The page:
By any measure, the Prime Minister’s speech at the Mansion House last Friday was a remarkable achievement. In my book, it was the best she has made, better even than Lancaster House last year. A measure of its strength was that it was welcomed from across the spectrum of Conservative opinion, receiving praise from both Jacob Rees-Mogg and Nicky Morgan.
The speech was notable for its realistic appraisal of the negotiating challenge that the UK faces in securing the sort of “deep and comprehensive” free trade agreement it seeks with the EU, whilst striking the optimistic tone that many Brexiteers feel has hitherto been absent from Government messaging on the post-withdrawal future.
The Prime Minister was clear that the UK will leave both the Single Market and the Customs Union and cease to be subject to the jurisdiction of the European Court of Justice, all essential elements of the restoration of parliamentary sovereignty. At the same time, she acknowledged that compromises will have to be made if a trade deal is to be secured. Access to the Single Market would necessarily be less extensive than presently enjoyed. The UK would probably align many of its regulatory standards to those of the EU, seek associate membership of some EU agencies, and be prepared to make a financial contribution to their running costs.
The speech went into considerable detail about alternatives to the Customs Union, the first being a “customs partnership”, under which the UK would mirror EU duties for goods ultimately intended for the EU market, and the second a streamlined arrangement relying heavily on technology. Refreshingly, there was an acknowledgement that a fudge might be necessary for SME trade between Northern Ireland and the Republic, allowing smaller companies to operate as they do at present, with no further restrictions.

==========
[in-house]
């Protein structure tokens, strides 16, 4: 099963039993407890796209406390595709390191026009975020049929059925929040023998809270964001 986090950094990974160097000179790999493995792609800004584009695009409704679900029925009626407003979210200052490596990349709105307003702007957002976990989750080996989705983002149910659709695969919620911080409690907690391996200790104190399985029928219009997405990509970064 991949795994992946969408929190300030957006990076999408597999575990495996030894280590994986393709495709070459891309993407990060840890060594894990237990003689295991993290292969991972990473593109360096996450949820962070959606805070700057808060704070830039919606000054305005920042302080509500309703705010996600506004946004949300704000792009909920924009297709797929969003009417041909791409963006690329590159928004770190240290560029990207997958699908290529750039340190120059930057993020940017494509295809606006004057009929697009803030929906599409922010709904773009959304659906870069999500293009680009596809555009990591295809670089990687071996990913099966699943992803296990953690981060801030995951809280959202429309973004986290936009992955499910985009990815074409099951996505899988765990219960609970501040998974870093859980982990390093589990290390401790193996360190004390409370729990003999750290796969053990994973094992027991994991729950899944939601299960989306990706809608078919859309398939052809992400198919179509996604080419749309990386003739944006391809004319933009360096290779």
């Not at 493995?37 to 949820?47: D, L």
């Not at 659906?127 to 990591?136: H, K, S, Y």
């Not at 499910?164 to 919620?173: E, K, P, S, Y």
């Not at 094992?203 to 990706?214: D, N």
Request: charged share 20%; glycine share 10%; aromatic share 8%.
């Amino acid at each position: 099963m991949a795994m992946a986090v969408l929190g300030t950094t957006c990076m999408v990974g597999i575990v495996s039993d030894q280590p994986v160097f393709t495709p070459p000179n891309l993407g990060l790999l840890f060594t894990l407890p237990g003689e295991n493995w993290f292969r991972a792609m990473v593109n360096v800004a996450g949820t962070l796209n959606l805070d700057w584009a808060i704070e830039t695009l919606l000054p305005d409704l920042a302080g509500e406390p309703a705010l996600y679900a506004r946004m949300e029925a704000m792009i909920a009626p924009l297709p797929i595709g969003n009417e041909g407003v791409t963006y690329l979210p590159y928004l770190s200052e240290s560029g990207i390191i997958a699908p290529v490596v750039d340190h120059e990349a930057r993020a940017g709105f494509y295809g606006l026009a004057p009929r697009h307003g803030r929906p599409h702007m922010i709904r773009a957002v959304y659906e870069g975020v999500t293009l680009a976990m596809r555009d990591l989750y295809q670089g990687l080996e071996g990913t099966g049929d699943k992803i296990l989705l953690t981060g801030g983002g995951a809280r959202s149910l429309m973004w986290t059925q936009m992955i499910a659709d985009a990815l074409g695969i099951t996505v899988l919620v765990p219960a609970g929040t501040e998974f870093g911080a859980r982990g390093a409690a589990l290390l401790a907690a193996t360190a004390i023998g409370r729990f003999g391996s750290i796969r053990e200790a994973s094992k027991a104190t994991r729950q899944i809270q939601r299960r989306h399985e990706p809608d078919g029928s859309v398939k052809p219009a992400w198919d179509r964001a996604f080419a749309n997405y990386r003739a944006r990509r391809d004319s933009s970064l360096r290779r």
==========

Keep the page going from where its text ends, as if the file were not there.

The Prime Minister was keen to point out the strengths that the UK would bring to any future trade relationship. The British medicines regulator currently assesses more new medicines than any other member state. The UK provides around 30 per cent of the broadcast channels available in the EU; and UK-located banks provided more than £1.1 trillion of lending to the rest of the EU in 2015 alone. She made clear that looking only at precedent when negotiating the new relationship would inflict injury on both parties. We need to be imaginative, and look at new solutions.
It was an intensely British speech, full of pragmatic common sense. It deserved the approval it has attracted from across the parliamentary party. To that extent, it was a success, for which the Prime Minister deserves the fullest praise.
The question remains whether the second audience to which it was addressed will have reacted as warmly to the speech. The Prime Minister went out of her way to say that she “understood the EU’s principles”. I have no doubt that she does, and will therefore know just how big a sell it will be to convert the speech’s proposals into an agreement.
To read David Jones’s piece for ConservativeHome in full, click here.